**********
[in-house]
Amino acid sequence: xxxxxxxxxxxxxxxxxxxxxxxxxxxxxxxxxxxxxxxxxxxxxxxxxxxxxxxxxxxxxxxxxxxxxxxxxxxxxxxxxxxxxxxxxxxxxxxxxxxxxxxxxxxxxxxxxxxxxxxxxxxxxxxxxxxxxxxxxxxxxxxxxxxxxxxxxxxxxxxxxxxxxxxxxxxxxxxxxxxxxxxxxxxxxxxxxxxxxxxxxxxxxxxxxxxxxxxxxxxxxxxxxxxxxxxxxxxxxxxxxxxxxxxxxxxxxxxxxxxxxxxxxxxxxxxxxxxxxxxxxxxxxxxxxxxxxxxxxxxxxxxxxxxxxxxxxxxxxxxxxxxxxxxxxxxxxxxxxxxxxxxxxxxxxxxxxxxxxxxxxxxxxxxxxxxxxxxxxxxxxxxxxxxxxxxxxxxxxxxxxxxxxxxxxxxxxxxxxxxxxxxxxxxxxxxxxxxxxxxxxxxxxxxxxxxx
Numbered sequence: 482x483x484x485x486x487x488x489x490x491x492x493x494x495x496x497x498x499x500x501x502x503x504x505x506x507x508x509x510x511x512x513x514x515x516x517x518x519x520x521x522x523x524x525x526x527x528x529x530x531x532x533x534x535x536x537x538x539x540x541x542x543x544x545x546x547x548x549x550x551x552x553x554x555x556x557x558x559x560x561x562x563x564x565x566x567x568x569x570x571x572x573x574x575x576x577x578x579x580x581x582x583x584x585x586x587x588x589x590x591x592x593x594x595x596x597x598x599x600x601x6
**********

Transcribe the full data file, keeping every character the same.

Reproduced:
[in-house]
Amino acid sequence: xxxxxxxxxxxxxxxxxxxxxxxxxxxxxxxxxxxxxxxxxxxxxxxxxxxxxxxxxxxxxxxxxxxxxxxxxxxxxxxxxxxxxxxxxxxxxxxxxxxxxxxxxxxxxxxxxxxxxxxxxxxxxxxxxxxxxxxxxxxxxxxxxxxxxxxxxxxxxxxxxxxxxxxxxxxxxxxxxxxxxxxxxxxxxxxxxxxxxxxxxxxxxxxxxxxxxxxxxxxxxxxxxxxxxxxxxxxxxxxxxxxxxxxxxxxxxxxxxxxxxxxxxxxxxxxxxxxxxxxxxxxxxxxxxxxxxxxxxxxxxxxxxxxxxxxxxxxxxxxxxxxxxxxxxxxxxxxxxxxxxxxxxxxxxxxxxxxxxxxxxxxxxxxxxxxxxxxxxxxxxxxxxxxxxxxxxxxxxxxxxxxxxxxxxxxxxxxxxxxxxxxxxxxxxxxxxxxxxxxxxxxxxxxxxxxx
Numbered sequence: 482x483x484x485x486x487x488x489x490x491x492x493x494x495x496x497x498x499x500x501x502x503x504x505x506x507x508x509x510x511x512x513x514x515x516x517x518x519x520x521x522x523x524x525x526x527x528x529x530x531x532x533x534x535x536x537x538x539x540x541x542x543x544x545x546x547x548x549x550x551x552x553x554x555x556x557x558x559x560x561x562x563x564x565x566x567x568x569x570x571x572x573x574x575x576x577x578x579x580x581x582x583x584x585x586x587x588x589x590x591x592x593x594x595x596x597x598x599x600x601x6